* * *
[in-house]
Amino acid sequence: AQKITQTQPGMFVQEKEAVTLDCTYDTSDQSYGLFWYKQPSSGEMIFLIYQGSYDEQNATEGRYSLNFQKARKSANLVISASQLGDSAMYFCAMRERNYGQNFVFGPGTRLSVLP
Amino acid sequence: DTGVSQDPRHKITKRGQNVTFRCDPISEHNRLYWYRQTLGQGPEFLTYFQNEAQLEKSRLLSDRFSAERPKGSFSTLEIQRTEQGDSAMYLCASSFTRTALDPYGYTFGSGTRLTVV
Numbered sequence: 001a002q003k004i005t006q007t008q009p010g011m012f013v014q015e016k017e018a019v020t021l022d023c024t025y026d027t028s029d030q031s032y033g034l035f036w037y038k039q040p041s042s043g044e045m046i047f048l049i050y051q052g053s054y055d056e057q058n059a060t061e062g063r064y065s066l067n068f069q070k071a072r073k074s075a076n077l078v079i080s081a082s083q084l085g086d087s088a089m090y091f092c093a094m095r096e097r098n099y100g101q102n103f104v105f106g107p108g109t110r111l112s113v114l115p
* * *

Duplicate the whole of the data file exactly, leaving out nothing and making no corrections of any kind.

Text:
[in-house]
Amino acid sequence: AQKITQTQPGMFVQEKEAVTLDCTYDTSDQSYGLFWYKQPSSGEMIFLIYQGSYDEQNATEGRYSLNFQKARKSANLVISASQLGDSAMYFCAMRERNYGQNFVFGPGTRLSVLP
Amino acid sequence: DTGVSQDPRHKITKRGQNVTFRCDPISEHNRLYWYRQTLGQGPEFLTYFQNEAQLEKSRLLSDRFSAERPKGSFSTLEIQRTEQGDSAMYLCASSFTRTALDPYGYTFGSGTRLTVV
Numbered sequence: 001a002q003k004i005t006q007t008q009p010g011m012f013v014q015e016k017e018a019v020t021l022d023c024t025y026d027t028s029d030q031s032y033g034l035f036w037y038k039q040p041s042s043g044e045m046i047f048l049i050y051q052g053s054y055d056e057q058n059a060t061e062g063r064y065s066l067n068f069q070k071a072r073k074s075a076n077l078v079i080s081a082s083q084l085g086d087s088a089m090y091f092c093a094m095r096e097r098n099y100g101q102n103f104v105f106g107p108g109t110r111l112s113v114l115p